Why are we still obsessed with Nina Tucker?

Shou Tucker may have managed to earn himself the spot of ‘Most Hated FMA Character’ for what he did to Nina, but why does he have such an impact?

If close escapes and miraculous rescues are your thing, it’s best to stop now: anime isn’t afraid to kill large numbers of people, and sometimes those people haven’t even left childhood. Whether baby Conny’s on The Promised Neverlandthe Hyakuya orphanage in seraph of the end or even Honma Meiko from anohana, Kids of all genders are fair game when it comes to the anime scythe. However, there is one child victim that the anime community at large still can’t seem to forget: Nina Tucker from full metal alchemist and Fullmetal Alchemist: Brotherhood.

Nina’s transformation into a chimera by merging with her beloved dog Alexander remains a particularly sore spot for ten years after the conclusion of FMA:B, as is his resulting death, and his father is universally vilified for his murder. However, while Nina is undoubtedly a tragic character, is there a reason why her death resonates so strongly with audiences, especially on a show that already includes mass genocide, body horror, and the deaths of so many other characters? darlings? Nina is, in fact, much more than just another child death; it’s the themes and the emotions as well as the pain her death brings that make it stick in the mind so effectively.

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Nina being licked by her dog Alexander

First and foremost, Nina’s death is a betrayal on a fundamental level from father to son; one of the most taboo actions in society. As if a father sacrificing his daughter wasn’t enough, when full metal alchemist places so much importance on family relationships, Shou Tucker’s use of his only daughter is even more revolting in contrast. Shou Tucker and Nina also established a father/son relationship beginning in the story that is finally resolved in the ending, when Edward is able to reconcile with his own father.

Shou Tucker, the Dwarf in the Jar, and von Hohenheim at some point represent the wandering father who neglects his children or is willing to sacrifice them entirely. Shou Tucker, being the last, is unforgivable both in history and by the morality of our own society, while the Dwarf in the Jar is simply the escalation of Shou Tucker’s ideals, willing to sacrifice everything he needs to achieve. its objectives. .

Second, there was the possibility that Nina could have been saved. With child deaths in anime, there is often a sense of inevitability. conny in The Promised Neverland could not have been saved. Norman and Emma arrive too late to save her life, and even if they had arrived sooner, they wouldn’t have done much more than die themselves. However, Edward and Alphonse spend the days leading up to Nina’s transformation at the Tuckers’ house, learning half-truths about the previous talking chimera and hearing the story of Nina’s missing mother. They return to the Tucker house to find the chimera that was created from Nina and Alexander, only to find out in horror when Nina tells Edward what had happened.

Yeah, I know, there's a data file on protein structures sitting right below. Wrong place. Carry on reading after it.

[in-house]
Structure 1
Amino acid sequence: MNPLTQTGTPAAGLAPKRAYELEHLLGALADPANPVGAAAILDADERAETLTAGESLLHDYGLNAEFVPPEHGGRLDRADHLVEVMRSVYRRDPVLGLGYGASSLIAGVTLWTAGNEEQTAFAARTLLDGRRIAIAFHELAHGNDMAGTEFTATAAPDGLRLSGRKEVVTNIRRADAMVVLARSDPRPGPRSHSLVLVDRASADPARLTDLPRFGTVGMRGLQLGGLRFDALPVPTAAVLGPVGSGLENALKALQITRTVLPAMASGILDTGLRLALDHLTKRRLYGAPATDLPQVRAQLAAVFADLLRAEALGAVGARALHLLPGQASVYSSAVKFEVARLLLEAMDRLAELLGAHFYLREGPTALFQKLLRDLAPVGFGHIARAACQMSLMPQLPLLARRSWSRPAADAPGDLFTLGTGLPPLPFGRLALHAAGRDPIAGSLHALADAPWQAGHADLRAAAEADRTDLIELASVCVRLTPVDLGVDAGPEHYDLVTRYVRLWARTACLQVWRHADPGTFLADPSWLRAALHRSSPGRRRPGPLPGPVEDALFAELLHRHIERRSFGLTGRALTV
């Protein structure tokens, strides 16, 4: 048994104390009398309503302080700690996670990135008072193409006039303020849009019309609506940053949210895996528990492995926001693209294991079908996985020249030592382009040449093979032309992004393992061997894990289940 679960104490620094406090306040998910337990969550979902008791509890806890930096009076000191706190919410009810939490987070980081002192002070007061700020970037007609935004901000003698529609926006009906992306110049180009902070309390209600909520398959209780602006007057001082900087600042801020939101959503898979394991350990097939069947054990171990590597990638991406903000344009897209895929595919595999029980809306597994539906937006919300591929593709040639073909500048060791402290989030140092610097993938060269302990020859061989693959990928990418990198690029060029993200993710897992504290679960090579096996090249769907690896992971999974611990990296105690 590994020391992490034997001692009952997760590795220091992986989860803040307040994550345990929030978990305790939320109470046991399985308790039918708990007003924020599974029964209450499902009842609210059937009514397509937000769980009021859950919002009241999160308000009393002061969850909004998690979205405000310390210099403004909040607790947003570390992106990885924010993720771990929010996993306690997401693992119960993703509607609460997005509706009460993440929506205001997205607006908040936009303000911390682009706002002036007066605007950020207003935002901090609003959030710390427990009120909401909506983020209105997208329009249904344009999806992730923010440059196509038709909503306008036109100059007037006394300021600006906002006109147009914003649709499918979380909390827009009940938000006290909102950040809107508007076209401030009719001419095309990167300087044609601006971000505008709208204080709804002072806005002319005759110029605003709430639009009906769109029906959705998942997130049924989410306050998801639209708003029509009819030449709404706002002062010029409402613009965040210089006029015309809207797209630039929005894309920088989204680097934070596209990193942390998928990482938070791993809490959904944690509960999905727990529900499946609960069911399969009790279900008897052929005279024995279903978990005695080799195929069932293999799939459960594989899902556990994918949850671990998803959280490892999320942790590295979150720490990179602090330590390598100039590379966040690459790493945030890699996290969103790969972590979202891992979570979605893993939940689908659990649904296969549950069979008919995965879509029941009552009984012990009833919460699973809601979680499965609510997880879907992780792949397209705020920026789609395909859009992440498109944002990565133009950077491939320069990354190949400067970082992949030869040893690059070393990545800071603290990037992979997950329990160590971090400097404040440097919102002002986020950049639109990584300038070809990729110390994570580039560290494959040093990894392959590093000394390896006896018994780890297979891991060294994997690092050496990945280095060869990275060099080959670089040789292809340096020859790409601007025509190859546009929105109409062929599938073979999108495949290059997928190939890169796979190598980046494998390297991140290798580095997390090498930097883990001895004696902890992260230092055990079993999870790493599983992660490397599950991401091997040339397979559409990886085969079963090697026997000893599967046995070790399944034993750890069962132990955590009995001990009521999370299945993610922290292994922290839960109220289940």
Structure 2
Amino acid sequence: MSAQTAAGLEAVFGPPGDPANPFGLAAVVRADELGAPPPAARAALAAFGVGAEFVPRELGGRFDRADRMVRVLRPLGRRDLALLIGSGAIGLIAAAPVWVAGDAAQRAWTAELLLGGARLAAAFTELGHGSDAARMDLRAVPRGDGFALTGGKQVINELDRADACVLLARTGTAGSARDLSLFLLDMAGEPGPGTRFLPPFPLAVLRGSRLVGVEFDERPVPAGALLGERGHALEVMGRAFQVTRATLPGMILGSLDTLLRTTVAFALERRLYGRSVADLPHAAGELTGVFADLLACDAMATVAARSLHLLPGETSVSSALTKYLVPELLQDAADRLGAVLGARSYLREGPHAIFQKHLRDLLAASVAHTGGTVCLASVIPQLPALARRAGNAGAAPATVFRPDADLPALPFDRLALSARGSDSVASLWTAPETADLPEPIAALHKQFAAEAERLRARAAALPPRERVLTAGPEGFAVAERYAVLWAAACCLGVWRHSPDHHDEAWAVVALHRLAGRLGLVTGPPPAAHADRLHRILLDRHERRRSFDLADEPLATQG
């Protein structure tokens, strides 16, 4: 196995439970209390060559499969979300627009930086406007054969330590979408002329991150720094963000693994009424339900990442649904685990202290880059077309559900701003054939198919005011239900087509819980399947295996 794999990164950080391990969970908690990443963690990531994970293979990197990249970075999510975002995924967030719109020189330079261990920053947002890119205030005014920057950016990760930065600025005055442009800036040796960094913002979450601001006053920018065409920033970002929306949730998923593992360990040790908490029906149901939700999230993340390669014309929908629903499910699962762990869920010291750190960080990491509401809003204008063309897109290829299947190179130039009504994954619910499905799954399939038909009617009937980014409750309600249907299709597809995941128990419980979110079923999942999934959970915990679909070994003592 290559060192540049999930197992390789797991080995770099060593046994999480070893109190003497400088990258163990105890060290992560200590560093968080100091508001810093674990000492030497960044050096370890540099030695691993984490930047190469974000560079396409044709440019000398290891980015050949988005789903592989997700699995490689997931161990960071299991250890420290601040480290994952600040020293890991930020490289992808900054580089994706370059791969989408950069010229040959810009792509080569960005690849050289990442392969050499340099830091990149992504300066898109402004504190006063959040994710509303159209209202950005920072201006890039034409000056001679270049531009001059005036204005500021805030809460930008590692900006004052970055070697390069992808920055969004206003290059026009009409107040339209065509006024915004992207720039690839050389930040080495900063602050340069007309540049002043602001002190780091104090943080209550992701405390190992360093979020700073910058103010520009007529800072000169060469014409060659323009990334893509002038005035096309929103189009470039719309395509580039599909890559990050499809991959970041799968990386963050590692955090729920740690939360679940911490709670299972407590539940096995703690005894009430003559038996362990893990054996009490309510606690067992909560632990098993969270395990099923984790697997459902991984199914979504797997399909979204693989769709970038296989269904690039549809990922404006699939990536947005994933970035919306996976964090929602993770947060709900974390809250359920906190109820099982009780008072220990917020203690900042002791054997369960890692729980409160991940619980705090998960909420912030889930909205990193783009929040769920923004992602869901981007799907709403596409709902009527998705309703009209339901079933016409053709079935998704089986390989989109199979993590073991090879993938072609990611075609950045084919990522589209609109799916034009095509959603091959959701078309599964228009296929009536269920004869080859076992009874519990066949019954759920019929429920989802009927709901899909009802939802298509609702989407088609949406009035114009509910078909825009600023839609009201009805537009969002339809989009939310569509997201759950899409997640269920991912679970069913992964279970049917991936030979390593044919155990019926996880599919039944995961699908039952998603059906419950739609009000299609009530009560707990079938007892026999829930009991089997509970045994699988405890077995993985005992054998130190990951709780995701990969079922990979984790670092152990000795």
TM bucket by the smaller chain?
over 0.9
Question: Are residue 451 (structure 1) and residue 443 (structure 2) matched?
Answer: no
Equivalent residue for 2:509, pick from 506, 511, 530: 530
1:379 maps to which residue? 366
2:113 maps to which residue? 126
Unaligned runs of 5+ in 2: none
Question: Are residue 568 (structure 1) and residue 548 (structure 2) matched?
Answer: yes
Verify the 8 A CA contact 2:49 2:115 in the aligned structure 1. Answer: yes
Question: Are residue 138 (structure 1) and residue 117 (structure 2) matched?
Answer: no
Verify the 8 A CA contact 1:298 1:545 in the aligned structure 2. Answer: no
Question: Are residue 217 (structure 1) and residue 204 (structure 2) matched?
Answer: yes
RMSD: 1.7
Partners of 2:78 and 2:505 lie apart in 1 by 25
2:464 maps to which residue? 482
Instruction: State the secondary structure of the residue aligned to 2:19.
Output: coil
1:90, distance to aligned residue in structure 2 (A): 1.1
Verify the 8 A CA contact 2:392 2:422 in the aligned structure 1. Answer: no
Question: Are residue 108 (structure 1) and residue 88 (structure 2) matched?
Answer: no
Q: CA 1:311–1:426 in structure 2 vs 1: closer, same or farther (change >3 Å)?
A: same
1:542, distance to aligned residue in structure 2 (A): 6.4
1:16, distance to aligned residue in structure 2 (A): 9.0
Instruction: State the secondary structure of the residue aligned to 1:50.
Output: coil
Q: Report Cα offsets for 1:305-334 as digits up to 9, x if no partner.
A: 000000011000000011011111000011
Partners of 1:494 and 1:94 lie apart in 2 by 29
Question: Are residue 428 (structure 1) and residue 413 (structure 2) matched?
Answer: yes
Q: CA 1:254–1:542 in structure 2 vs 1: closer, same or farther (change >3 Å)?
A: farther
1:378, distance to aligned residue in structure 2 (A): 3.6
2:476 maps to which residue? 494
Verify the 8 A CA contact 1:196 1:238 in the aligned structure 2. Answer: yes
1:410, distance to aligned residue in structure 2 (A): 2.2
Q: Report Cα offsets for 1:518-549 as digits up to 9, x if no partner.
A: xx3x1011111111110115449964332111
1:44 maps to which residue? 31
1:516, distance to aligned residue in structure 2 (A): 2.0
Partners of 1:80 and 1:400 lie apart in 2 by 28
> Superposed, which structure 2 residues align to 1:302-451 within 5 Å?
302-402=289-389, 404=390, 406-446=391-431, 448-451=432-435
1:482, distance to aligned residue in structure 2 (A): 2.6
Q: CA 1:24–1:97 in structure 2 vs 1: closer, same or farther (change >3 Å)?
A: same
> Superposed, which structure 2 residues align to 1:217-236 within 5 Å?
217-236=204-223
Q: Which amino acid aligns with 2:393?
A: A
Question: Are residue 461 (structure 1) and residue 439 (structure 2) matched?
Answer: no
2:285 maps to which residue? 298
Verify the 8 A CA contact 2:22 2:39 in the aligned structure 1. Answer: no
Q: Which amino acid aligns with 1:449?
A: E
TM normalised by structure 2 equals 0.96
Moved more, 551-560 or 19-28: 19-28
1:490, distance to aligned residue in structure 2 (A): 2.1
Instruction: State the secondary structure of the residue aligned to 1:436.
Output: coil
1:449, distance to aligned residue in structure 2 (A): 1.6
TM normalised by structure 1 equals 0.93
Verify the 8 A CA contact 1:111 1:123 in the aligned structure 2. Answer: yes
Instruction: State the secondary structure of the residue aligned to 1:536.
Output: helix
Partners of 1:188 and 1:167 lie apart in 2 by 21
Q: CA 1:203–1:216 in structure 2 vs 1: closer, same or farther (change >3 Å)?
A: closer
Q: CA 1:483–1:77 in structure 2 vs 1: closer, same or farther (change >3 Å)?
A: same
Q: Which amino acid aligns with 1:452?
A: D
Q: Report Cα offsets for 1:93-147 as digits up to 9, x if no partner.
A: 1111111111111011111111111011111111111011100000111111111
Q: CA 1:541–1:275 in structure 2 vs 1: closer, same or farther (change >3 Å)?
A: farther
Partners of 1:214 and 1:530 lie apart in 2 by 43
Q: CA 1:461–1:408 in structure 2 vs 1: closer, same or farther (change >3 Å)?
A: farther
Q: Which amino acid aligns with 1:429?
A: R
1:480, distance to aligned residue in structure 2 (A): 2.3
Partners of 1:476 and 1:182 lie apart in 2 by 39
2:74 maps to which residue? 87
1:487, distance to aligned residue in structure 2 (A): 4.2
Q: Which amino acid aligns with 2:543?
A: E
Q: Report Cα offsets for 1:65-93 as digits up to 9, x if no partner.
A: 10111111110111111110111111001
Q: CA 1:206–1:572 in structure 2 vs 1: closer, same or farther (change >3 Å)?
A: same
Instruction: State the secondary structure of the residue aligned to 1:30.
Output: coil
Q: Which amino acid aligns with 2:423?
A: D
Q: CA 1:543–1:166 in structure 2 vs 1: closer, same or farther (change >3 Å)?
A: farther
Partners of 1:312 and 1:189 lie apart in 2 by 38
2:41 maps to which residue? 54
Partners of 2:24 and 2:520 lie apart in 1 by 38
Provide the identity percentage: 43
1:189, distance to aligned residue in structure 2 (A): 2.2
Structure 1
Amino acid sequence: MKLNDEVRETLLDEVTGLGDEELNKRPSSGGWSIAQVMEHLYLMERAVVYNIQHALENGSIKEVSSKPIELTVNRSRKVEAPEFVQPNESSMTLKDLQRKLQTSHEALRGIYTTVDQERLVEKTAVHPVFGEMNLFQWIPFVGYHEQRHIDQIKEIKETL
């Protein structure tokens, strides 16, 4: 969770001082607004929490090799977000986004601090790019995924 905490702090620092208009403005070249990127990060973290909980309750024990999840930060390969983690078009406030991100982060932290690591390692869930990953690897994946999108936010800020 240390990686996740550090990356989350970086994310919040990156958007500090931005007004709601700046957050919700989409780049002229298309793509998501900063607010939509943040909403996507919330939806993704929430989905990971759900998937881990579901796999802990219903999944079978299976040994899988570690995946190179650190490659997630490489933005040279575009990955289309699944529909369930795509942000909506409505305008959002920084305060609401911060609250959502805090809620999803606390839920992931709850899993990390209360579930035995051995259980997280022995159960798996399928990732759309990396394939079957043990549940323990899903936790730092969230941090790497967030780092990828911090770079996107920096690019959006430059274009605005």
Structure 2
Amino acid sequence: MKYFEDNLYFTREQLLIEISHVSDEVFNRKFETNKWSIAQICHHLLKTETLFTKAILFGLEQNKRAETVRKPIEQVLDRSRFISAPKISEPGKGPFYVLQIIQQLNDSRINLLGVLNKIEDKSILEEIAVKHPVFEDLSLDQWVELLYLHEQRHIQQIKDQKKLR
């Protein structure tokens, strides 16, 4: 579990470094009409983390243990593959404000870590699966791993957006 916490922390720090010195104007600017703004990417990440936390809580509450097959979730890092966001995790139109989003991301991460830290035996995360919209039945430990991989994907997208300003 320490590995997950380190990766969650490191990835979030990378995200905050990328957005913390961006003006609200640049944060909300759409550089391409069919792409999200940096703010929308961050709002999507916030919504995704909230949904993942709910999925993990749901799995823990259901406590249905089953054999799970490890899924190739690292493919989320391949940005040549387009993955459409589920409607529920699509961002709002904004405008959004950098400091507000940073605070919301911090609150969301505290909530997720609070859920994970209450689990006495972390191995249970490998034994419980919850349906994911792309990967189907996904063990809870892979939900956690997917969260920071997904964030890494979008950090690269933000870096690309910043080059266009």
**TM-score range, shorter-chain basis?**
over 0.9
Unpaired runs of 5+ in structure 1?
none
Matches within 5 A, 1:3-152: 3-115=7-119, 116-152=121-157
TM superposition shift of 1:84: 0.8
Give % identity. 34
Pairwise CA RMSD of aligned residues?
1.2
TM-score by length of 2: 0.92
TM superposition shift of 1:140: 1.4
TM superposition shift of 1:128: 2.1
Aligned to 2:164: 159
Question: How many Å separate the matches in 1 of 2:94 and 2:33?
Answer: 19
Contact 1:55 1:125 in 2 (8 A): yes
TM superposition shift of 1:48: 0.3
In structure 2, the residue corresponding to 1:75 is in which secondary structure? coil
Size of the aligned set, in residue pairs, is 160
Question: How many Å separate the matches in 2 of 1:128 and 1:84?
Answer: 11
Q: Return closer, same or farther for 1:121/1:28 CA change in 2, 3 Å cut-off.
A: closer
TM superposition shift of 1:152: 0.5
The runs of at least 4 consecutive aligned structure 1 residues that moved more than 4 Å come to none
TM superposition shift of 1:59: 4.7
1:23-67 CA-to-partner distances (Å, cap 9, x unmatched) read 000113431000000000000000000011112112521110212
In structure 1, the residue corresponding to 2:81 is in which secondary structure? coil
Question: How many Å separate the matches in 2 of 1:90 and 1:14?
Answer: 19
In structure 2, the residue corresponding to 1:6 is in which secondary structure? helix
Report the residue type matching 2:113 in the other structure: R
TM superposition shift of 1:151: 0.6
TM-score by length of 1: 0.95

Every sign was there, and the brothers take it the wrong way. This is a huge personal failure for them, showing them unable to protect a single girl. However, once is not enough, as Nina is soon killed by Scar, when the avenging assassin arrives to take Shou Tucker’s life. Although killing Nina is Scar’s act of mercy, it is what takes Nina forever. In this way, Nina Tucker dies twice and the Elrics feel completely responsible and helpless.

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FMA Nina Alejandro

The way Nina’s death is framed also leads to its lasting impact. While many child deaths happen to start a story with an unexpected sacrifice: The Promised Neverland and seraph of the end both place obvious instances of child death in the first episode or so: Nina doesn’t show up for several episodes, and because the show had just completed its first action-packed episodes, it was easy for audiences to let their guard down with a sweet girl weaving flower crowns.

Also, because Shou Tucker came across as a reliable and helpful character, there was no need for immediate alarm, especially compared to the recent introduction of Lust, Gluttony and Envy. However, while the deaths of children at the beginning of the shows can be played for effective shock value, Nina’s was simply shocking, setting the plot ablaze by timing her demise just when the series could have taken a pause.

The result of timing, prevention, and the sheer atrocity of a father experimenting on his son in an anime so focused on the importance of family cemented Nina Tucker as one of the most tragic child deaths in all of anime. The pitiful cry of “Ed…ward” is probably something many can still vividly remember, as well as the horror of realizing that the Elric brothers weren’t going to make it in time to save the day. Nina Tucker’s death was the realization that full metal alchemist it’s not about tragic backstories, but also about tragic lives, which helped make it one of the most beloved anime of all time.

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